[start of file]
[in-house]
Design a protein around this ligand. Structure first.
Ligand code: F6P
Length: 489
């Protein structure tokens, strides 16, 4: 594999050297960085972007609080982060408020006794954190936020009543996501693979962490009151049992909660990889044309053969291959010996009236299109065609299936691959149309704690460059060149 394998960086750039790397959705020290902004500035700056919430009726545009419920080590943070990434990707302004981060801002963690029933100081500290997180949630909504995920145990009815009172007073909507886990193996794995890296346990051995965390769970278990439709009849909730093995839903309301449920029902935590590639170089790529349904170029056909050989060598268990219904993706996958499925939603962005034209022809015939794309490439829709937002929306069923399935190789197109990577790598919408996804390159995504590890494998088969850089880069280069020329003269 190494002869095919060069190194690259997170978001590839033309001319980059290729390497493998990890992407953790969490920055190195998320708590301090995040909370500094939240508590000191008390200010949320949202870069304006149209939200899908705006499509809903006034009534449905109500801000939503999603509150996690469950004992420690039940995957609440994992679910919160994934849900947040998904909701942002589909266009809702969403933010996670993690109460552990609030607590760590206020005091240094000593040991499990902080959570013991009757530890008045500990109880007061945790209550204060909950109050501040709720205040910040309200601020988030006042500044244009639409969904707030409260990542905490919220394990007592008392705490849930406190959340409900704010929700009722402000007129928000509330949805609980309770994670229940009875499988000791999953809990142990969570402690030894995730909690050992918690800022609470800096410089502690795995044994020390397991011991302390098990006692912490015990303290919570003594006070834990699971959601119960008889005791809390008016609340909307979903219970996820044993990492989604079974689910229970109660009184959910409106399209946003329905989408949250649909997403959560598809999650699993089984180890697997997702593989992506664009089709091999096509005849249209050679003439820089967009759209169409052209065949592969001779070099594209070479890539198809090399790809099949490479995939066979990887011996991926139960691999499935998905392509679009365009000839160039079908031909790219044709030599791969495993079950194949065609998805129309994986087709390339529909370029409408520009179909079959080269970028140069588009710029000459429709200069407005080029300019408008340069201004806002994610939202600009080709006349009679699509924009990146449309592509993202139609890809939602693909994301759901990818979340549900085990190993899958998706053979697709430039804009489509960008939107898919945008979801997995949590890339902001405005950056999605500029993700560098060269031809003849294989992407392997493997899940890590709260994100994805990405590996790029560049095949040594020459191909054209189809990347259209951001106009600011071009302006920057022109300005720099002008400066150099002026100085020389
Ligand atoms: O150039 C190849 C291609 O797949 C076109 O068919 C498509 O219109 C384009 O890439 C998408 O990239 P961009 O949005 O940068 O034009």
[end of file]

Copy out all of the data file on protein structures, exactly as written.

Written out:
[in-house]
Design a protein around this ligand. Structure first.
Ligand code: F6P
Length: 489
């Protein structure tokens, strides 16, 4: 594999050297960085972007609080982060408020006794954190936020009543996501693979962490009151049992909660990889044309053969291959010996009236299109065609299936691959149309704690460059060149 394998960086750039790397959705020290902004500035700056919430009726545009419920080590943070990434990707302004981060801002963690029933100081500290997180949630909504995920145990009815009172007073909507886990193996794995890296346990051995965390769970278990439709009849909730093995839903309301449920029902935590590639170089790529349904170029056909050989060598268990219904993706996958499925939603962005034209022809015939794309490439829709937002929306069923399935190789197109990577790598919408996804390159995504590890494998088969850089880069280069020329003269 190494002869095919060069190194690259997170978001590839033309001319980059290729390497493998990890992407953790969490920055190195998320708590301090995040909370500094939240508590000191008390200010949320949202870069304006149209939200899908705006499509809903006034009534449905109500801000939503999603509150996690469950004992420690039940995957609440994992679910919160994934849900947040998904909701942002589909266009809702969403933010996670993690109460552990609030607590760590206020005091240094000593040991499990902080959570013991009757530890008045500990109880007061945790209550204060909950109050501040709720205040910040309200601020988030006042500044244009639409969904707030409260990542905490919220394990007592008392705490849930406190959340409900704010929700009722402000007129928000509330949805609980309770994670229940009875499988000791999953809990142990969570402690030894995730909690050992918690800022609470800096410089502690795995044994020390397991011991302390098990006692912490015990303290919570003594006070834990699971959601119960008889005791809390008016609340909307979903219970996820044993990492989604079974689910229970109660009184959910409106399209946003329905989408949250649909997403959560598809999650699993089984180890697997997702593989992506664009089709091999096509005849249209050679003439820089967009759209169409052209065949592969001779070099594209070479890539198809090399790809099949490479995939066979990887011996991926139960691999499935998905392509679009365009000839160039079908031909790219044709030599791969495993079950194949065609998805129309994986087709390339529909370029409408520009179909079959080269970028140069588009710029000459429709200069407005080029300019408008340069201004806002994610939202600009080709006349009679699509924009990146449309592509993202139609890809939602693909994301759901990818979340549900085990190993899958998706053979697709430039804009489509960008939107898919945008979801997995949590890339902001405005950056999605500029993700560098060269031809003849294989992407392997493997899940890590709260994100994805990405590996790029560049095949040594020459191909054209189809990347259209951001106009600011071009302006920057022109300005720099002008400066150099002026100085020389
Ligand atoms: O150039 C190849 C291609 O797949 C076109 O068919 C498509 O219109 C384009 O890439 C998408 O990239 P961009 O949005 O940068 O034009």